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Confront These 10 Inconvenient Truths Today for a Better Life

Confront These 10 Inconvenient Truths Today for a Better Life

Improving your body and life isn’t a quick, easy or magical process. There is no pill, strategy or tactic that can replace hard work. If you want success, you need to confront these ten inconvenient truths today.

1. Education does not begin or end in a textbook or classroom.

If you’re not willing to wrap your head around that simple fact, the Real World will eat you alive.

2. Agonizing over the past accomplishes nothing.

If you are already in a situation that cannot be undone, then what is the point in stressing out about it? Your time would be better spent hustling forward in the direction of a better future. Look at every new day as a fresh opportunity to improve yourself.

3. People pleasing is an exercise in futility.

I hate to break it to you, but there are certain people who won’t care about you, no matter what you do. And besides, if a person likes you for a phony version of yourself that bears no resemblance to the authentic person you are, why bother? As Amanda McRae said, “It is less important to have lots of friends and more important to have real ones.”

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4. Affirmations are helpful…

I love affirmations. They are a great way to keep your goals fresh on your memory and remind yourself of what is most important to you. Just in case you’re curious, here’s one of my favorite affirmations of late (you’re welcome to borrow it if you want to):

“I am loving, mindful, deliberate, and strong.”

I aspire to behave in a way that reflects those four traits every single day, whether it is in the form of writing an article like this or coaching a personal training client. When I feel overburdened with stress, or lose sight of my purpose, I repeat this affirmation until I get back on track.

I would recommend coming up with your own affirmation that expresses what kind of person you would like to be, or how you hope to add value to the world. You could write it down in a place you’ll see it regularly, and say your affirmation out-loud a few times as soon as you wake up to get your head in the right place at the top of every morning.

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5. …but affirmations are pointless if they aren’t accompanied with consistent hustle.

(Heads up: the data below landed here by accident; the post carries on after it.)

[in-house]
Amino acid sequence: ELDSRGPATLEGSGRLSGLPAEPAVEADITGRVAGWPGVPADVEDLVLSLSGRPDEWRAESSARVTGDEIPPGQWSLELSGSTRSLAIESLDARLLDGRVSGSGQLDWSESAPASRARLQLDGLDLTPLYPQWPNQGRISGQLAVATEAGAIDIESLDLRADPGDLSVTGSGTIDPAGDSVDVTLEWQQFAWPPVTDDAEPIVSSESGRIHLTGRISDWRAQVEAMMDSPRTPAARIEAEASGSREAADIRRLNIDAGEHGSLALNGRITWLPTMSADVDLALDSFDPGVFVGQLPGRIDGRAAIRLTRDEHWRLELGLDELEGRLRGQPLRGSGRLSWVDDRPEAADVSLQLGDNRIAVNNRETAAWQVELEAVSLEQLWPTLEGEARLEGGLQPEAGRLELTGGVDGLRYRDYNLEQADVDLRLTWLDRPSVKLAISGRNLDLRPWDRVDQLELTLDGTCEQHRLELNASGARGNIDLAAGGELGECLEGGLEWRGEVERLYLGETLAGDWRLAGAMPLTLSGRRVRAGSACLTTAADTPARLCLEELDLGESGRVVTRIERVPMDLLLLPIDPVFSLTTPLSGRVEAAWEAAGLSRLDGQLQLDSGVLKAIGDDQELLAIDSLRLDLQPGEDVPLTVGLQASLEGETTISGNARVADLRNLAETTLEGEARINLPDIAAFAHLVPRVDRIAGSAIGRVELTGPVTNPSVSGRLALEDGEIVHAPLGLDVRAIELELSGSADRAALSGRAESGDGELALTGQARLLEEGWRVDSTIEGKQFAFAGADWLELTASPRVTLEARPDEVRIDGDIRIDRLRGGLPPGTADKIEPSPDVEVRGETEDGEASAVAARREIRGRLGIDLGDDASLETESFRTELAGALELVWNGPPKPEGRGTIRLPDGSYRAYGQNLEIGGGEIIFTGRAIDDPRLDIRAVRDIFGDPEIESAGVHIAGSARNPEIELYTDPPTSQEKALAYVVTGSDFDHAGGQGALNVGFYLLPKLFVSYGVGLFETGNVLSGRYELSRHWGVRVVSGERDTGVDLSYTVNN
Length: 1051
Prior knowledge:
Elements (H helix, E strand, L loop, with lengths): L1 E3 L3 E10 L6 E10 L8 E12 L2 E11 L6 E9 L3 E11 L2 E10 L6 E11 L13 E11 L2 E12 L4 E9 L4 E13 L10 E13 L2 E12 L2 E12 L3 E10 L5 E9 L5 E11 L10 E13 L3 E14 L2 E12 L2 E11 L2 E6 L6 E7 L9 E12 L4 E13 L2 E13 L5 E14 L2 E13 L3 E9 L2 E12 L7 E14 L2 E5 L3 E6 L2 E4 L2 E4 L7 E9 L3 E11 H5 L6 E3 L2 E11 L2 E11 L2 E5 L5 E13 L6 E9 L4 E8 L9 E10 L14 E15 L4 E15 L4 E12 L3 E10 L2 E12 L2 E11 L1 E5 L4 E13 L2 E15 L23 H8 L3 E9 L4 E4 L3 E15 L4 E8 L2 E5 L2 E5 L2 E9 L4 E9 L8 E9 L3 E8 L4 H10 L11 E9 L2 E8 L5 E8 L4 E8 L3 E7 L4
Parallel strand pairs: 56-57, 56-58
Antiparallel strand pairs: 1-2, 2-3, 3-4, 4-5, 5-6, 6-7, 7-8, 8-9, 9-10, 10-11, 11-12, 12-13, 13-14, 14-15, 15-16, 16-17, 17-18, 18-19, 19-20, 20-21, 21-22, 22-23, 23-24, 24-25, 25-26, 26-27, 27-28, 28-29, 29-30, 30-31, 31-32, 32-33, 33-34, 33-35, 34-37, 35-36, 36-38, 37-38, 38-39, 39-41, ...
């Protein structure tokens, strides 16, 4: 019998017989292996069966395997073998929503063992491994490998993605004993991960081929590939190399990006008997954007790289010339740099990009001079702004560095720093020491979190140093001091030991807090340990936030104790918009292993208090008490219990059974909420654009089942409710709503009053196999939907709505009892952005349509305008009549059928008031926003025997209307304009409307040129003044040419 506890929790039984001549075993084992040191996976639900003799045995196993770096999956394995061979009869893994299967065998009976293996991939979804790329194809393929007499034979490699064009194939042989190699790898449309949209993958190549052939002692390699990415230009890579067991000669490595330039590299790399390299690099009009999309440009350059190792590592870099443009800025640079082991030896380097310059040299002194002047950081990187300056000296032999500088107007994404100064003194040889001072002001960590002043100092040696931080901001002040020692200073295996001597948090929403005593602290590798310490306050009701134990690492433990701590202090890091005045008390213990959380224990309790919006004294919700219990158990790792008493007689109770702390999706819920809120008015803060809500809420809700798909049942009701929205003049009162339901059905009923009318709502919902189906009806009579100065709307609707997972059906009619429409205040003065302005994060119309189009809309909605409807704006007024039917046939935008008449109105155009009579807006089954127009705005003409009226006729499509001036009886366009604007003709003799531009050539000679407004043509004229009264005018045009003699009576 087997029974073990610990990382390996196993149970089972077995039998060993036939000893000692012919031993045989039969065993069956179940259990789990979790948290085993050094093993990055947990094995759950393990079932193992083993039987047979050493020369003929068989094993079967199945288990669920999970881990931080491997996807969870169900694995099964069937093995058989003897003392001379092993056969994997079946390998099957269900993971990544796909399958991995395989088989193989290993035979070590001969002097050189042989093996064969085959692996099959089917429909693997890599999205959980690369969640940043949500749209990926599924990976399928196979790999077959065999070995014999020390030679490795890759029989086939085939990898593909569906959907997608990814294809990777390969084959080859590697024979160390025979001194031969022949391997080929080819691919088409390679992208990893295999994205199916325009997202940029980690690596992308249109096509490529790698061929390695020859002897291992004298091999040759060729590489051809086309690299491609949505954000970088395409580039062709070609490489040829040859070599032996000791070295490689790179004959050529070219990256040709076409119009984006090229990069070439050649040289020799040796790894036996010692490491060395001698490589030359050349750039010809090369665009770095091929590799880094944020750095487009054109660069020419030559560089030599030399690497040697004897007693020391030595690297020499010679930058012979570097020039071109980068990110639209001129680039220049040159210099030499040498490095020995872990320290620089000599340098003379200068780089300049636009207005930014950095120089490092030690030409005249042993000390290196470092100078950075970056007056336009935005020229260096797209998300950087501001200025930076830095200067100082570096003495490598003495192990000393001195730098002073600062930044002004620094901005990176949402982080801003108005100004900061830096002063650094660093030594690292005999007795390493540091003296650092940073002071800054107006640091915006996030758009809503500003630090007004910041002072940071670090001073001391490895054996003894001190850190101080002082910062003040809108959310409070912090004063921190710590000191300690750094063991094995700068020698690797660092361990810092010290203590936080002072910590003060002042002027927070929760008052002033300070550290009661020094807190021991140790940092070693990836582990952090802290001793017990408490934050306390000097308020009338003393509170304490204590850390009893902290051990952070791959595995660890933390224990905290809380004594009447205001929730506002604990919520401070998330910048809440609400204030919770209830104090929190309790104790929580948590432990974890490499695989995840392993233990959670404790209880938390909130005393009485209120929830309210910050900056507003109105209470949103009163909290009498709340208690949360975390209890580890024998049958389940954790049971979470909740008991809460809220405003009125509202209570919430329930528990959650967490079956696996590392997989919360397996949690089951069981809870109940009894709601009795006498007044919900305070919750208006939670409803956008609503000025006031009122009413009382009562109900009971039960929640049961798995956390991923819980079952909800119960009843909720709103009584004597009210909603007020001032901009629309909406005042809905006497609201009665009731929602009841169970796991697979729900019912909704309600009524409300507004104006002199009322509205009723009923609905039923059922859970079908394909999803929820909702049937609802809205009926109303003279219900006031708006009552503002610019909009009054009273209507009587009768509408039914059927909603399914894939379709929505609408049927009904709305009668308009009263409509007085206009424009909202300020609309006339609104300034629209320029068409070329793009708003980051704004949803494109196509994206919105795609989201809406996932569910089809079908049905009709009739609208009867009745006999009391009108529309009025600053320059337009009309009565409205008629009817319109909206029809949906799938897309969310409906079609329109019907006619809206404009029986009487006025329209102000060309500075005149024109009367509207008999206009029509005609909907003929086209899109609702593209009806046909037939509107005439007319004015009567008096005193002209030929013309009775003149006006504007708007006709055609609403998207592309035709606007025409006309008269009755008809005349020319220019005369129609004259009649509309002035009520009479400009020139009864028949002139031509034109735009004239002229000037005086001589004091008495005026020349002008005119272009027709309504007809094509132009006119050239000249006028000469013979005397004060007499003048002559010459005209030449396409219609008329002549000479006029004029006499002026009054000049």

All of that said, it is delusional to think you can “affirm your way” to the future you desire. If you want success, your positive thoughts must be accompanied with positive action.

6. You might be a sheep.

The temptation to conform is no doubt heavy, but remember that everybody you admire thought outside of the box (and probably broke a lot of the norms prevalent in their society while they were at it). Martin Luther King Jr., the Wright brothers, Gandhi, and even Jesus Christ would have accomplished nothing if they resigned themselves to the self-defeating belief of, “Oh well, I guess that’s just the way things are.”

We don’t need more spineless conformists in this world; we need more brave, creative original thinkers who aren’t afraid to be authentic and swim against the current, no matter what “society” has to say about it. Dare to be different, because the world needs the unique gift only you can offer.

7. Effort trumps “luck” every time.

My mom is a walking, talking example of “effort” because she illustrates how important it is for success. Below is a single sentence summary of how effort works:

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If you want to be successful, you must put forth a high level of effort for a long period of time (if this isn’t true, then you’re probably not thinking big enough).

What does this have to do with my mom? She is ALWAYS winning free tickets to concerts, football games, Nascar races, wrestling matches, and so on (if it’s a sport, she likes it). A lot of people call her lucky, but they’re totally missing the point. It’s not luck, it’s effort. She loves to listen to a local classic rock radio station that does contests and giveaways very frequently. They usually go something like, “If you’re caller #9, you win tickets to see this super fun thing!” Instead of saying, “I’d never win,” as 90% of people do, she picks up the phone and dials in… every. single. time.

Does she lose a lot? Well, yeah. But since she’s putting forth a higher level of effort than other people, she just so happens to be wiping the floor with them. Even if you drop the ball or fall on your face while you’re pursuing your goal, it’s nothing to freak out about. The more shots you take, the better your odds of winning. Are you going to take your shot today?

8. If you wouldn’t say it about another person, then you shouldn’t think it about yourself.

Would you ever tell a person you love that they are a stupid, fat, ugly loser who can’t do anything right? Of course you wouldn’t, because it would be an inconsiderate and nasty thing to do. Despite how mean it would be to say things like this to another person, I bet you subject yourself to self-defeating beliefs just like this every single day. Personal growth and transformation cannot happen from a place of self-hate; success happens when you can love and accept yourself as you are, even the flawed or messy parts (hint: believe it or not, these could be the very same things that make you special).